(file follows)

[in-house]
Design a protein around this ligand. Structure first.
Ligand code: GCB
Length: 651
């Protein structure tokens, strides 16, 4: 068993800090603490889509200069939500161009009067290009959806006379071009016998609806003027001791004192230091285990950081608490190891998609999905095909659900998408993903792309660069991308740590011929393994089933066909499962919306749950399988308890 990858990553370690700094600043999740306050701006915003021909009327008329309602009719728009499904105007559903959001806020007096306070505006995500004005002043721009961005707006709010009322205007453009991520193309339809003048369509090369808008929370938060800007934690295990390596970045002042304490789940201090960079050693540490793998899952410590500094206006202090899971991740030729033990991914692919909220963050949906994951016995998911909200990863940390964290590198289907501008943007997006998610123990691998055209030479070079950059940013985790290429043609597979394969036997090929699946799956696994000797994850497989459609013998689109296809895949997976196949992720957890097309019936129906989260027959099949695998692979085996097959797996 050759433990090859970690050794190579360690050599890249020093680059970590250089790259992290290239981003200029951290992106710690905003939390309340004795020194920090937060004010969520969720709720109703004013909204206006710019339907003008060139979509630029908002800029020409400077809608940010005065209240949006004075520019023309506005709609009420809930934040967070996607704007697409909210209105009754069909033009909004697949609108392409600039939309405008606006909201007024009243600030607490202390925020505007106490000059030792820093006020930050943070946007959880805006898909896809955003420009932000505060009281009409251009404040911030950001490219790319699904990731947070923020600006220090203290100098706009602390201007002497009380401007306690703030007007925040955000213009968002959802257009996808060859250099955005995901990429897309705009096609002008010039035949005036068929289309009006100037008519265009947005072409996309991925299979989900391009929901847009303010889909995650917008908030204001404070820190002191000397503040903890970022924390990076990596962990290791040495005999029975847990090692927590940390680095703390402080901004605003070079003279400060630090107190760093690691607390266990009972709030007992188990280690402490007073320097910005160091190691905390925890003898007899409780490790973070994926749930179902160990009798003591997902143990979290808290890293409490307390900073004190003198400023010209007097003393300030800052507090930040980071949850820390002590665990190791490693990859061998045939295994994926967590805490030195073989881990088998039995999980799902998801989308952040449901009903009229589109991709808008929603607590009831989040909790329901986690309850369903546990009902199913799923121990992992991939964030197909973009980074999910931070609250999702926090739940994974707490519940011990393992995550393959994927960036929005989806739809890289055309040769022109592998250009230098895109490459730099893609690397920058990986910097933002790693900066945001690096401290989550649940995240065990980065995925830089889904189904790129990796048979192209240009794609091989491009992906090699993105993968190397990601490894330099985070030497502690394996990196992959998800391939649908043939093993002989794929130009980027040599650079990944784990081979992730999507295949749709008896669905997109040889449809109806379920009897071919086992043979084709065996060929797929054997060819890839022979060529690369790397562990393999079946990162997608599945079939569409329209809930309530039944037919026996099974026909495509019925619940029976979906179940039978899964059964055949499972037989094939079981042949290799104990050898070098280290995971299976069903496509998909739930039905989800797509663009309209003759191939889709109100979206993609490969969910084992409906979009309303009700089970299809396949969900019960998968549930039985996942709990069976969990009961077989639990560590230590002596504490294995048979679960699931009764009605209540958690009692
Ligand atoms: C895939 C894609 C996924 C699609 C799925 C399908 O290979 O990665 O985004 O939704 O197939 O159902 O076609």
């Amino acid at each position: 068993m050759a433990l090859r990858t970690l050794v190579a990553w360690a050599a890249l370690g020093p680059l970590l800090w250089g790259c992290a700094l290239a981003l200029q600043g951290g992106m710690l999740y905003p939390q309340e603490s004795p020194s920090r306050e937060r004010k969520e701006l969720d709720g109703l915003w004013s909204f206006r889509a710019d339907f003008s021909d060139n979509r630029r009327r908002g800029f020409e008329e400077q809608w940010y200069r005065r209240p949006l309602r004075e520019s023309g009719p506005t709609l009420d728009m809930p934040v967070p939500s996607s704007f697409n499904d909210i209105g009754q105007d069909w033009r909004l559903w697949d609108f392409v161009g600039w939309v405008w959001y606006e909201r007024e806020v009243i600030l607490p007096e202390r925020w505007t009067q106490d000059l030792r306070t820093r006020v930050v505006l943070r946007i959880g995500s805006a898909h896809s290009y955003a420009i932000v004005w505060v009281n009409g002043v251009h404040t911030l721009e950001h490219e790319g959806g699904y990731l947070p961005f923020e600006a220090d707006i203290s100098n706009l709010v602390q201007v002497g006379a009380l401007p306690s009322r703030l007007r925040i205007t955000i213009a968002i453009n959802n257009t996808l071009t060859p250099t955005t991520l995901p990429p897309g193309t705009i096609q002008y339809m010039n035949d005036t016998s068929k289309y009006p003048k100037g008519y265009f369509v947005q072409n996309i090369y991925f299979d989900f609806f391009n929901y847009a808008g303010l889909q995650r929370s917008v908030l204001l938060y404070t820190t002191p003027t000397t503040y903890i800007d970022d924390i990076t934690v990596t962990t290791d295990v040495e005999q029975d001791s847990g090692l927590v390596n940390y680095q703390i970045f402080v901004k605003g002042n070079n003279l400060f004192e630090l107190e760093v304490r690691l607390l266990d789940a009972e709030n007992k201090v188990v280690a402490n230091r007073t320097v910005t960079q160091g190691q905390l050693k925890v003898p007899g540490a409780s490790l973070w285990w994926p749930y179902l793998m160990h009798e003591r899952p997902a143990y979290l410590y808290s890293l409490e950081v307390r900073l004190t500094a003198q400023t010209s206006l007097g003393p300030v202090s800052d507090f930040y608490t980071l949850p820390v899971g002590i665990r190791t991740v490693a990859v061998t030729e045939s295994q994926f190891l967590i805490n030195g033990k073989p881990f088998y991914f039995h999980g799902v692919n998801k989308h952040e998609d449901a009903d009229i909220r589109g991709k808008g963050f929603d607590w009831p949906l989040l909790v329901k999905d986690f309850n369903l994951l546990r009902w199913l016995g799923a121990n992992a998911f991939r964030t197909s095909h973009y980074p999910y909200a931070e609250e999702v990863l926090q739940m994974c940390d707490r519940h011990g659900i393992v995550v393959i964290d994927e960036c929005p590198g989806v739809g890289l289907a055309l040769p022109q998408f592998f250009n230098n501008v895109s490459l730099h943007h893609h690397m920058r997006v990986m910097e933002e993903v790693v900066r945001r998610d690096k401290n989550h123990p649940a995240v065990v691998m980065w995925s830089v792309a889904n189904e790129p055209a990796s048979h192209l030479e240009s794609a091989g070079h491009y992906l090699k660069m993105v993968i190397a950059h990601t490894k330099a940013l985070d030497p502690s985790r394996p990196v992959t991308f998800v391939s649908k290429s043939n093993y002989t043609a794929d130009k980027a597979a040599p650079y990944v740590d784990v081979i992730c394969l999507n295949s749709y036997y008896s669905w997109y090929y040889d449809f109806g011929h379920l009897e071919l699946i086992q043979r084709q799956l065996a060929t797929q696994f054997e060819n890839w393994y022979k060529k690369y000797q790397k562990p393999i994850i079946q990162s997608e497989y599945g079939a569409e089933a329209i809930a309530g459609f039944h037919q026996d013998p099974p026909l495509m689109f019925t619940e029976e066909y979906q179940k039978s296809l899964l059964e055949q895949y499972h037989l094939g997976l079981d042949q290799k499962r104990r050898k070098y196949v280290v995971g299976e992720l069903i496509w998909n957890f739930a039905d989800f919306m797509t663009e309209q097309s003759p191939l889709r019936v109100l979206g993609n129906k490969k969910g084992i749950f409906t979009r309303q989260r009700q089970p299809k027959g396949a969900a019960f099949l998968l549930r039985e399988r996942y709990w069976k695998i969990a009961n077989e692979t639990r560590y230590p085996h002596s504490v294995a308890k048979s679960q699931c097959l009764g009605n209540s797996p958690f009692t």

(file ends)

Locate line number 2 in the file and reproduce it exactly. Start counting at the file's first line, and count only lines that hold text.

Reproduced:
Design a protein around this ligand. Structure first.